Australian PM criticised for remarks on remote communities
Australian Prime Minister Tony Abbott has been criticised for suggesting that people living in indigenous communities are making a "lifestyle choice".
Visiting Western Australia, Mr Abbott said the government could not "endlessly subsidise" those that chose not to fit in with wider society.
He has previously said he supports the planned closure of up to 150 remote communities in Western Australia.
Critics have called the remarks "offensive" and "inappropriate".
It was announced in September that the federal government would transfer responsibility for funding Indigenous Australian communities to individual states.
Australia's remote Indigenous communities
• There are about 250 indigenous communities in Western Australia, home to about 15,000 people. Some have as few as five people, others have as many as 500.
• Most are in the Kimberley region in the far north of Western Australia - the government there plans to close as many as 150 of the smallest communities, saying they are not financially viable.
• Many are powered by diesel generators, rely on bore water and have no paved roads. The bigger communities have a general store, a school and sometimes a health clinic.
• Some of the communities are on ancestral lands, others are on the sites of old welfare missions.
Speaking to ABC Radio on a visit to Kalgoorlie on Tuesday, Mr Abbott said that Western Australia Premier Colin Barnett was right to close nearly half the state's 274 remote communities if the cost of providing services to them outweighed the benefits.
"What we can't do is endlessly subsidise lifestyle choices if those lifestyle choices are not conducive to the kind of full participation in Australian society that everyone should have," Mr Abbott said.
"Fine, by all means live in a remote location, but there's a limit to what you can expect the state to do for you if you want to live there."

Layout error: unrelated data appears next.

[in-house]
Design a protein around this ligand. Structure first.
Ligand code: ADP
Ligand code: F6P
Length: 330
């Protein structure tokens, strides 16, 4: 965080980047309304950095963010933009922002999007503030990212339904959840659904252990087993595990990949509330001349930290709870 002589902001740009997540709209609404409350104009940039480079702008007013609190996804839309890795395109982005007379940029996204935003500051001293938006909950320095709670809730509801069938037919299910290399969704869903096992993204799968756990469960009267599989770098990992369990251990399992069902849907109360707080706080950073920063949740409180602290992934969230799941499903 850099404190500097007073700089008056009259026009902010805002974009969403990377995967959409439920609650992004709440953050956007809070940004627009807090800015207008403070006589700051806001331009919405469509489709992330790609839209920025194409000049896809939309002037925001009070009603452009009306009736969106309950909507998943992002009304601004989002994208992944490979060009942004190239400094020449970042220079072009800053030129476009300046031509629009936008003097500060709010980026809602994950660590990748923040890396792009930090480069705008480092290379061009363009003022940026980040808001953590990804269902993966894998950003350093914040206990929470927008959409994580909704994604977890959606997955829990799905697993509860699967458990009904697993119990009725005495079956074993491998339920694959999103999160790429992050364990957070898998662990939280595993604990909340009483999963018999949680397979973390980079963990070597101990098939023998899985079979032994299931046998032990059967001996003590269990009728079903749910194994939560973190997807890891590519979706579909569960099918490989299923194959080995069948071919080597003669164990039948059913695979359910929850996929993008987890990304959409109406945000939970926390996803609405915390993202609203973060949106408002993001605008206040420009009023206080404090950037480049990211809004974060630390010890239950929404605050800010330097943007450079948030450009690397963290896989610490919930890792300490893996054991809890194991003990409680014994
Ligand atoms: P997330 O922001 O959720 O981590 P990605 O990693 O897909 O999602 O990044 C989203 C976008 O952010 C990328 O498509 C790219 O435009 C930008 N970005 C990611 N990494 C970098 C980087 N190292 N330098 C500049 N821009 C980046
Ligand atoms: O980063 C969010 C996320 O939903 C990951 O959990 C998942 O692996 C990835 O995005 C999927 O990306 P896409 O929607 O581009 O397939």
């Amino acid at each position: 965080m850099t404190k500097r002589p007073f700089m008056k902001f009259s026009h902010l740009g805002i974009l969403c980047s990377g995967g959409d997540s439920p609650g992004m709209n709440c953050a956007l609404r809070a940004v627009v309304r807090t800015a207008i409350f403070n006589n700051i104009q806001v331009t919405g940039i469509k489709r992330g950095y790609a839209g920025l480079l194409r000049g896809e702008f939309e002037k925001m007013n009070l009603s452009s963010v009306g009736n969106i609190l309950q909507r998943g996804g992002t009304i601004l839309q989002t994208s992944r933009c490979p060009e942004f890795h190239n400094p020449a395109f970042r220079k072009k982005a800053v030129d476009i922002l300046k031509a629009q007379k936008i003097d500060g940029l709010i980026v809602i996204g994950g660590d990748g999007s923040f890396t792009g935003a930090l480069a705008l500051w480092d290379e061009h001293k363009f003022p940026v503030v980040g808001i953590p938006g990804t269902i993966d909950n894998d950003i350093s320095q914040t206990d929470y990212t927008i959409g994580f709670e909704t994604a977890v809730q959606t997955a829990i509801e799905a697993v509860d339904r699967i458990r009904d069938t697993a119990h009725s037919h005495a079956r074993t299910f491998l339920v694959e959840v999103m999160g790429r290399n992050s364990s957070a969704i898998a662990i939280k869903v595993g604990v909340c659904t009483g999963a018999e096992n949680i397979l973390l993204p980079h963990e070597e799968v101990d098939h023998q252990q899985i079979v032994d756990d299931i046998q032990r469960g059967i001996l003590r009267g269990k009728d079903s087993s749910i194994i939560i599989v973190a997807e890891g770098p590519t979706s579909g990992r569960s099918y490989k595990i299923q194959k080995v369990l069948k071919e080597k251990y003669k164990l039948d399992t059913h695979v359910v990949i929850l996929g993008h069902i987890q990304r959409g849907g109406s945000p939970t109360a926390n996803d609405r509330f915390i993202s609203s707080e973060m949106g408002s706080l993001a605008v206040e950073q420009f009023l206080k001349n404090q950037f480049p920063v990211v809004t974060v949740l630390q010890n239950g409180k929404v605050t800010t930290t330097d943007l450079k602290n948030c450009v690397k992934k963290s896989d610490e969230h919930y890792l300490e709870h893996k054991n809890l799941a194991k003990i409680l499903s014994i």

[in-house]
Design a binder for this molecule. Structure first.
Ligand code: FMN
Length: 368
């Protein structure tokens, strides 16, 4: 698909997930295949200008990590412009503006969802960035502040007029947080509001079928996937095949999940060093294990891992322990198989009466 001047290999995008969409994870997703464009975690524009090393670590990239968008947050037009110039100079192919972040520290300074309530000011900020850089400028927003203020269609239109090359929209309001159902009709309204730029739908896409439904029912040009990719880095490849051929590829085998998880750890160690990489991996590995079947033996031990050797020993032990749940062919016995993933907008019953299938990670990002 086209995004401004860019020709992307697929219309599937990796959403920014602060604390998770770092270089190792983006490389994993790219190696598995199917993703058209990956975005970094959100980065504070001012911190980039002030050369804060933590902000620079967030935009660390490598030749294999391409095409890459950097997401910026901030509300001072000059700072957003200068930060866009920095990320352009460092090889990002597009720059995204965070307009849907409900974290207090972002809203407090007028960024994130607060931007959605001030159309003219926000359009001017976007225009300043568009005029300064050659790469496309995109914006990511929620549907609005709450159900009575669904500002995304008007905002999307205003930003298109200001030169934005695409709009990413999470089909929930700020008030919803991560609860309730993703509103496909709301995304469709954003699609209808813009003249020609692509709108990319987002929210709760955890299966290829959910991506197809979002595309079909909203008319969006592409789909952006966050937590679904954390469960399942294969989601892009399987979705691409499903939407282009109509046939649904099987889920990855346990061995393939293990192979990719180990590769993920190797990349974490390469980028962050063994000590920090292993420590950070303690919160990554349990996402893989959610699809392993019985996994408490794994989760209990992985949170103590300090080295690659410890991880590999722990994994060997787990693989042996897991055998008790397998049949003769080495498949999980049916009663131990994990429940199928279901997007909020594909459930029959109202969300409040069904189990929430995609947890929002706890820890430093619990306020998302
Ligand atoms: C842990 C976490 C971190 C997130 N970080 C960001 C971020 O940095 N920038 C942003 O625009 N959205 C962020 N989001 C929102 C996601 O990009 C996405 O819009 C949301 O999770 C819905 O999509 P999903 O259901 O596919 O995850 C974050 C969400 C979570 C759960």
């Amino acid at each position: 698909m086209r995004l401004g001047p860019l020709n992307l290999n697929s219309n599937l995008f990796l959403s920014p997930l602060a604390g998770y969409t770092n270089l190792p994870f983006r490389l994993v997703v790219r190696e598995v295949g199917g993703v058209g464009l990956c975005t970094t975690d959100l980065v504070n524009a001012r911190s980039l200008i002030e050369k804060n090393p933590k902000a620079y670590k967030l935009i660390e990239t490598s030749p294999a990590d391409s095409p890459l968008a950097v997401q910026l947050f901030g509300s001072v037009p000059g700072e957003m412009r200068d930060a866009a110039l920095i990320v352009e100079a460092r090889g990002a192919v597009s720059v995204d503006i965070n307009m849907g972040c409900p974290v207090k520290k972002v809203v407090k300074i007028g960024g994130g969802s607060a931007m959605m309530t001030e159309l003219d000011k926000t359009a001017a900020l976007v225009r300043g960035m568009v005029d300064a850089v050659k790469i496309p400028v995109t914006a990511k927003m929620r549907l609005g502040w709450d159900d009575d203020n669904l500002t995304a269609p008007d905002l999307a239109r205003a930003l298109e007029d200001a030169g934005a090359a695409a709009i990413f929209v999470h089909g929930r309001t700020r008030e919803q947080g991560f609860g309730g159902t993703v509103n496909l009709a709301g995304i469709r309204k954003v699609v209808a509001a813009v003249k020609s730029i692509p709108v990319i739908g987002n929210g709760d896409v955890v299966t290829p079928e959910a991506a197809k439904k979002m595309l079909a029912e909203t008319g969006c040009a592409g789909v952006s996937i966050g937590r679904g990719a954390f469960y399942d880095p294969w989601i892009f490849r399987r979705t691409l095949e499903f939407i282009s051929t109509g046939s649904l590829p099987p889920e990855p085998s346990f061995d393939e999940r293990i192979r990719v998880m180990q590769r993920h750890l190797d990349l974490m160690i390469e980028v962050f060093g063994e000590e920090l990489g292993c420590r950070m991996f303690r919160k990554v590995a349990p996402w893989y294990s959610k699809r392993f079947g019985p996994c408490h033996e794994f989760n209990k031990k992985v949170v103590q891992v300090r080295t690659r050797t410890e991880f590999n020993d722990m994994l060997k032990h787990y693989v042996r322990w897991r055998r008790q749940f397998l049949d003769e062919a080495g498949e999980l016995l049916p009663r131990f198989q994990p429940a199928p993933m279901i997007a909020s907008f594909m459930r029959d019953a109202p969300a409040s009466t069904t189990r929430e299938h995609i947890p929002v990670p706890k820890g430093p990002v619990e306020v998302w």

The chair of the government's Indigenous Advisory Council, Warren Mundine, told the BBC that Mr Abbott's comments had angered indigenous communities and diverted attention away from a serious discussion about reforms in Aboriginal and Torres Strait Islander areas.
"I'm a bit nervous about the word 'close'; when you say that to Aboriginal people in Australia, the hair stands up on the back of their necks because it has an historical premise, because we were forced off our land in 1930s and 1940s," he said.
"People are living in these communities not because of lifestyle choices but because of very strong cultural and religious reasons. People have got to understand that for indigenous people in Australia, their country is the essence of their being."
Mick Gooda, the social justice commissioner for Aboriginal and Torres Strait Islander (ATSI) communities, said it was "a poor choice of words".
He told Australia's ABC that indigenous people understood there were problems with funding remote communities but wanted to be consulted on how to solve the problem.
Labor's Indigenous Affairs spokesman Shayne Neumann called the comments a "disgrace".
"Here he is saying that Aboriginal and Torres Strait Islander people should be evicted from the lands on which they've lived for millennia," he told ABC.
"He really is a disgrace and he really should apologise unreservedly for these comments," he added.
'Very real question'
Mr Abbott defended his remarks in a press conference on Wednesday, telling reporters there were "limits to what we can reasonably expect of the taxpayer".
"I'm very comfortable with my credentials when it comes to doing the right thing by the Aboriginal people of Australia," he said, and referred to his commitment to spending one week every year governing from a remote community.
Cabinet ministers Malcolm Turnbull and Joe Hockey defended the prime minister's remarks.
Mr Turnbull, the minister for communications touted as a leadership rival to Mr Abbott, said the prime minister had "a very good understanding" of Indigenous Australia and had been the victim of a "let's-give-Tony-Abbott-a-belting occasion".
Australia's constitution does not recognise Aboriginal and Torres Strait Islanders as the nation's first people.
In recent years there have been discussions about changing the constitution to recognise indigenous people and outlaw discrimination against them.
Mr Abbott said in December he would "sweat blood" to secure a referendum on the change.
Indigenous Australians represent about 2.5% of Australia's 24 million people. Generations of discrimination and disadvantage have left them with poor health and low levels of education and employment.